resident at a West Hartford nursing home.
Delisle, M.S. (Attleboro, Massachusetts), who has been in a
nursing home for a few weeks, who has returned to a nursing home
Fr. James Weeks,
M.S. (Hartford, Connecticut), who is undergoing treatment for cancer.
Jean Demers, a member of the Enfield
La Salette Associates and a very active member in St. Helena
parish in Enfield. She has gone from strength to strength, but
is not ready to be removed from our prayer list just yet.
Patricia Tamagini, long-time friend of La Salette
(especially of the late Fr. Leo Maxfield, M.S.), who continues
her fight against cancer. She asks her friends to pray
particularly to Fr. Max for her.
our Sunday devotions in the summer, the prayer
intentions left at the feet of the statue of Our Weeping Mother
in the Shrine Chapel are read aloud during the recitation of the
Rosary. Year round, after remaining a week
or two in the Shrine Chapel,
the intentions are brought across the street to the La Salette Community Chapel in the
"North House," where they are kept for many weeks. Our La Salette Associates will often take them as
well, in order to pray for them at home.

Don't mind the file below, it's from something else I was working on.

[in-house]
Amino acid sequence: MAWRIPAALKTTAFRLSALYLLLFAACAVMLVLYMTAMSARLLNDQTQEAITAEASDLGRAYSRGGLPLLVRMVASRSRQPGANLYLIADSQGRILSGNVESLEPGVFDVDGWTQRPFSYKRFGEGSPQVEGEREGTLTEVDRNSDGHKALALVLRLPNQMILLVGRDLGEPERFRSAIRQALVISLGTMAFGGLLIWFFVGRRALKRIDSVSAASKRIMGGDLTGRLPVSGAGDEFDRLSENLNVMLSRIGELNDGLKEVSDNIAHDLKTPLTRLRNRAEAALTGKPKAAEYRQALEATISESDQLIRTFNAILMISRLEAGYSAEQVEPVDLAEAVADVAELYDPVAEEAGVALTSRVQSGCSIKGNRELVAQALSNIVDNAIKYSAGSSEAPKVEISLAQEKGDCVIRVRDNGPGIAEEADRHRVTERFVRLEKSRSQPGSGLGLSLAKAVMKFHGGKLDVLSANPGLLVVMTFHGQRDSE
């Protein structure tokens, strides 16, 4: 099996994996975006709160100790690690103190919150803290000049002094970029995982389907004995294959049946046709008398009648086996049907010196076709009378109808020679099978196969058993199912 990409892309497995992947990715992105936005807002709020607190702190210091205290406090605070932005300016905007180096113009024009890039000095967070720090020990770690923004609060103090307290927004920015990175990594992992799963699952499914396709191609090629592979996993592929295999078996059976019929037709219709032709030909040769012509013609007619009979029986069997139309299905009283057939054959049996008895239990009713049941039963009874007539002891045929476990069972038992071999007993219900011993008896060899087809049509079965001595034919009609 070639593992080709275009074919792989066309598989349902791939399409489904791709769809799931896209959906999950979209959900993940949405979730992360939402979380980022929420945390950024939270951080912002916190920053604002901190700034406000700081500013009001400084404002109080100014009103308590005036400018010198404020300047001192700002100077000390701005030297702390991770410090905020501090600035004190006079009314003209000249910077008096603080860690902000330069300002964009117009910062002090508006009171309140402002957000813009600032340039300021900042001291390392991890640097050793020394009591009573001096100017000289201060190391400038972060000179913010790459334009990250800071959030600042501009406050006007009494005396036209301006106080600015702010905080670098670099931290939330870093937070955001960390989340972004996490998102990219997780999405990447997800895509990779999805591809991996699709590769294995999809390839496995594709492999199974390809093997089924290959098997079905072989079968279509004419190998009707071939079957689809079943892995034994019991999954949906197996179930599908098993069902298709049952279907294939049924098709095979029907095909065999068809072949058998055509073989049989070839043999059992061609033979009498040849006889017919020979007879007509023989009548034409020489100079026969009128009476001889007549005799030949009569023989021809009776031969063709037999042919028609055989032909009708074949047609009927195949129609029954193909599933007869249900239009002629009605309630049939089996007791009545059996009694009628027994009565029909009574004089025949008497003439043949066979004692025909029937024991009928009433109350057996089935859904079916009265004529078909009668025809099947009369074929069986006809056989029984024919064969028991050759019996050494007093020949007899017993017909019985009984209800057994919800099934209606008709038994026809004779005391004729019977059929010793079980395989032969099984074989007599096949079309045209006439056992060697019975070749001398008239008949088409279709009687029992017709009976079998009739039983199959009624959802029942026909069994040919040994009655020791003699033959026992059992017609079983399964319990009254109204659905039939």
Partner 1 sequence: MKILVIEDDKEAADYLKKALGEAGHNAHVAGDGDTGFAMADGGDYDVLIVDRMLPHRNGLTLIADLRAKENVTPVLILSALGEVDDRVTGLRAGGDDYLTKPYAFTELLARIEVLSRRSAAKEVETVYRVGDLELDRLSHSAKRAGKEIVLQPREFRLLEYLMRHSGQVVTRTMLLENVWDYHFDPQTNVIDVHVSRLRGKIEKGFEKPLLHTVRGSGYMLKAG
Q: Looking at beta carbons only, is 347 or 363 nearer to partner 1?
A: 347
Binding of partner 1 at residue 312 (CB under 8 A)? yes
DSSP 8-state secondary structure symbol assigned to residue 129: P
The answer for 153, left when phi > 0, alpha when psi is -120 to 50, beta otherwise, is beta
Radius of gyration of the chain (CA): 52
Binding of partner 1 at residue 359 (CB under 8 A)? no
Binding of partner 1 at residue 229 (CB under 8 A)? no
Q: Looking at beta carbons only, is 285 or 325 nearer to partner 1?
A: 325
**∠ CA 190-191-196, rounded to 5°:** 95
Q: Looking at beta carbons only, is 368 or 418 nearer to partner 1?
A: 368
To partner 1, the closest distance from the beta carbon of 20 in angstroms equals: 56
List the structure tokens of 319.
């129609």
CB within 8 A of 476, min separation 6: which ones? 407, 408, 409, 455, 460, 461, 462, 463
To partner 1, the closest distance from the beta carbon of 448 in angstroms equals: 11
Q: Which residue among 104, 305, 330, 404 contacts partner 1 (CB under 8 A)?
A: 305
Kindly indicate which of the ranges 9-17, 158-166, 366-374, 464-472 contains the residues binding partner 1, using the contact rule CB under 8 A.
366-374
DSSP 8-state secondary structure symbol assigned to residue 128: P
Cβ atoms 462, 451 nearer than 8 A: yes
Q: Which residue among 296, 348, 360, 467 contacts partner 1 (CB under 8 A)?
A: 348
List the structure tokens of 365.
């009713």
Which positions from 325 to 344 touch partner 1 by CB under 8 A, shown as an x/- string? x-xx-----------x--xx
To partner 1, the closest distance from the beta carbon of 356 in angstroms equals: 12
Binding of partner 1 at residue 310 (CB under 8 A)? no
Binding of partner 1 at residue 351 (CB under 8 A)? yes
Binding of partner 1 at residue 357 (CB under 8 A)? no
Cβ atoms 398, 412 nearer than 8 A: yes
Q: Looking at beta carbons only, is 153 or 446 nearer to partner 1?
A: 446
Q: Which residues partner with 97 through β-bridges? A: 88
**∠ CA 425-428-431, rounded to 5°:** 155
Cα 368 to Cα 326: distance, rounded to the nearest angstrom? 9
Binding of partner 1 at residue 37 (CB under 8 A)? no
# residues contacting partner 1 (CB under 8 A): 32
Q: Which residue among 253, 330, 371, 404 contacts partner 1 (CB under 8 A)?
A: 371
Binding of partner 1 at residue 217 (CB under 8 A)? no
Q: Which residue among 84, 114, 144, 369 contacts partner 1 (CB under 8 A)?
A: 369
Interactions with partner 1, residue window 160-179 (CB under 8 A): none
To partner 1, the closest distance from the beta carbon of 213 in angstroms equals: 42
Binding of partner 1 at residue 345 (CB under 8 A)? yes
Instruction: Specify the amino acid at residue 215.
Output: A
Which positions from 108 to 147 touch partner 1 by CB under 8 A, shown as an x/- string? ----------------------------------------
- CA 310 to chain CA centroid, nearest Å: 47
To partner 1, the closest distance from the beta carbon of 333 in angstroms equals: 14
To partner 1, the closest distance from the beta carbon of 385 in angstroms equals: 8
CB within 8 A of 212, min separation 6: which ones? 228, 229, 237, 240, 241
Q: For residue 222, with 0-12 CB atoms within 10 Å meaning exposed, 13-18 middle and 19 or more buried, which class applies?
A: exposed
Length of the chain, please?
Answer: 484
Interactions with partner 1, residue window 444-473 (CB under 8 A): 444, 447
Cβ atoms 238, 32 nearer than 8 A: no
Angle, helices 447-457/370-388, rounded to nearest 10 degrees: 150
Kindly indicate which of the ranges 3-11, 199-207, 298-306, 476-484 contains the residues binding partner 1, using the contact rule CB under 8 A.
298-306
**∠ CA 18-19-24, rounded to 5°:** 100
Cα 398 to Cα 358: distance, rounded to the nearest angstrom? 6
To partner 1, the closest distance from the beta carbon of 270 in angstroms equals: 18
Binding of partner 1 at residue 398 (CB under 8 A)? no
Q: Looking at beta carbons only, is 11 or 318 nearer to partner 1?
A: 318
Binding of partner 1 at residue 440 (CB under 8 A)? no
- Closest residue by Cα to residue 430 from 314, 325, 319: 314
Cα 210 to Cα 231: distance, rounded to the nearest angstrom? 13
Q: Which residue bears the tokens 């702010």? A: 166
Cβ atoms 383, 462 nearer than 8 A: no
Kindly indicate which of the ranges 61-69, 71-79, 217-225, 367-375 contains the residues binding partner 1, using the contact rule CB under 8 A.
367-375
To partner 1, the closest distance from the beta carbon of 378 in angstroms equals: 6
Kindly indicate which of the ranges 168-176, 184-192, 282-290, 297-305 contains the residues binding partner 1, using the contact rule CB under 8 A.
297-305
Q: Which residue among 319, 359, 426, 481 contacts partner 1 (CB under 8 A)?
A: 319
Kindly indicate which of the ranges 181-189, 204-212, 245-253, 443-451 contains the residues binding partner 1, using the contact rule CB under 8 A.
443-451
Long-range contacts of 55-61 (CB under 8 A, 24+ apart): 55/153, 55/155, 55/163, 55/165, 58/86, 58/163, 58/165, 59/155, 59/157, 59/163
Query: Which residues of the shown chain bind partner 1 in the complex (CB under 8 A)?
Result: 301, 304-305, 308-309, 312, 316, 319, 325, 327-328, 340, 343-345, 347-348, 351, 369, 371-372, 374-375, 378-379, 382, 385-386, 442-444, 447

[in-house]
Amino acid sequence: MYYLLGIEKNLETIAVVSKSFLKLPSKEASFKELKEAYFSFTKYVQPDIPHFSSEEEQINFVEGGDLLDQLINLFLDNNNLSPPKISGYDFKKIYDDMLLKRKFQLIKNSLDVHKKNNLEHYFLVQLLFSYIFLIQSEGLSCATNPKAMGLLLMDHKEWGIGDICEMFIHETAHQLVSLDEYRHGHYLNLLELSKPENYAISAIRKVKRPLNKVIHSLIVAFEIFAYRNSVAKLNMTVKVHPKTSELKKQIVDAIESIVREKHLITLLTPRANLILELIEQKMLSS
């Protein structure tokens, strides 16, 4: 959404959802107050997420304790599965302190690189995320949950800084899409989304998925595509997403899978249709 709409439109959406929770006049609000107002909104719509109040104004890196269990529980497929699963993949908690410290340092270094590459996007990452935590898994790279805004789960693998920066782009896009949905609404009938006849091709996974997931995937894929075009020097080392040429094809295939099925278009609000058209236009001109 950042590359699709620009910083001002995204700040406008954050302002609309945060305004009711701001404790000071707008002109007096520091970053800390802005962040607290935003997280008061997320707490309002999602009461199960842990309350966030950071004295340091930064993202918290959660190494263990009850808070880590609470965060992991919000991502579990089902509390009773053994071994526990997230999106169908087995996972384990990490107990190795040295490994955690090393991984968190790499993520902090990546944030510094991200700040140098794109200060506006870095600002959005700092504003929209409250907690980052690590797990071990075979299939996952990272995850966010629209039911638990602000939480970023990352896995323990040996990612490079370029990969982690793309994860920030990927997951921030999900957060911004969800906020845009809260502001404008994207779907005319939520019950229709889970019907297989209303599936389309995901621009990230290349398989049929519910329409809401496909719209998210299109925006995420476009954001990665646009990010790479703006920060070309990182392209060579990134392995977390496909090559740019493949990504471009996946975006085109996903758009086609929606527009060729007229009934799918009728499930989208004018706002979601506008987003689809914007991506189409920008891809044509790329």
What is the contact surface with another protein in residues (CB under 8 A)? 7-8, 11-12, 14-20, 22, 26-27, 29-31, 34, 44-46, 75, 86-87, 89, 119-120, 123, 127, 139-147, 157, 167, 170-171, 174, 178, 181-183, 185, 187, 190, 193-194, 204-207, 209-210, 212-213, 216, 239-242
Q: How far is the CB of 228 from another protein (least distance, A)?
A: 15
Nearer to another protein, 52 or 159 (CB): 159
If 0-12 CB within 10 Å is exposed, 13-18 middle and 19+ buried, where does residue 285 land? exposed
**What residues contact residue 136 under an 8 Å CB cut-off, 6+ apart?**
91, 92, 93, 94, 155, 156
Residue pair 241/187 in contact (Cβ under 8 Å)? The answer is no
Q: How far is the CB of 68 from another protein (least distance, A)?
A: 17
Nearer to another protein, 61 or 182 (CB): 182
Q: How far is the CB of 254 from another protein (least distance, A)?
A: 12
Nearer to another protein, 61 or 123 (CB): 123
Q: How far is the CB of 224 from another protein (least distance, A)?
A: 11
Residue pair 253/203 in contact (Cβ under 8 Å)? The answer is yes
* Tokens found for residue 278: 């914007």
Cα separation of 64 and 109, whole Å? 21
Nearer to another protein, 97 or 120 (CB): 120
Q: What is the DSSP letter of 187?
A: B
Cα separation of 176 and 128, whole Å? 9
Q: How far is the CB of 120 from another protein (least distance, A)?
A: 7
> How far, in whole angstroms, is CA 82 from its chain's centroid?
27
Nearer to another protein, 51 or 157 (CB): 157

We are faithful in praying for all our pilgrims, visitors, friends and
benefactors, and invite you to join us in
doing the same.
Our Lady of La Salette Chapel
The Shrine Chapel has a character
that fits the setting. Its rustic simplicity mirrors the simple
and quiet beauty of the surrounding countryside and Lake
Wagon wheel lighting reminds all pilgrims that the life
journey they are on is slow and steady and that God is calling
The old wooden pews provide just enough comfort to
prevent our minds from wandering but not
enough to distract us from the journey.
Gift Shop ~ 603-632-4301
Manager - Brother David Carignan, MS
La Salette Gift Shop offers a
variety of religious articles of varying prices to accommodate
all of life's special occasions that you would want to honor
with the depth of the sacred: statues, crucifixes, rosaries,
religious jewelry, Nativity figures and more. We carry a wide
selection of books and music as well.
The La Salette Cross
The children to whom Mary appeared
at La Salette, France, on September 19, 1846, described the
crucifix on Mary's breast as more radiant than anything else in
A hammer hung on one side and pincers on the other.
Although Mary did not explain the significance of these
implements, it is thought that the hammer represents sin, which
nailed Jesus to the Cross. Just as the pincers removed the
nails, penance and prayer help us reconcile the world to God.
Around the world, the La Salette Cross has become the
characteristic symbol of Mary's message to be reconciled to God.
The Cafeteria has a
fully equipped kitchen. Food service is available during the
Christmas Light season and for our programs.
The Cafeteria & Program Center is largely used for day
retreat groups and hosts a variety of civic groups. These
groups need to contact us far enough in advance to secure its
use. A donation is requested.
La Salette Shrine is located on the shores of Lake
Mascoma, on Route 4A in Enfield, New Hampshire.
The Shakers (see "The Miracle of Enfield" below) called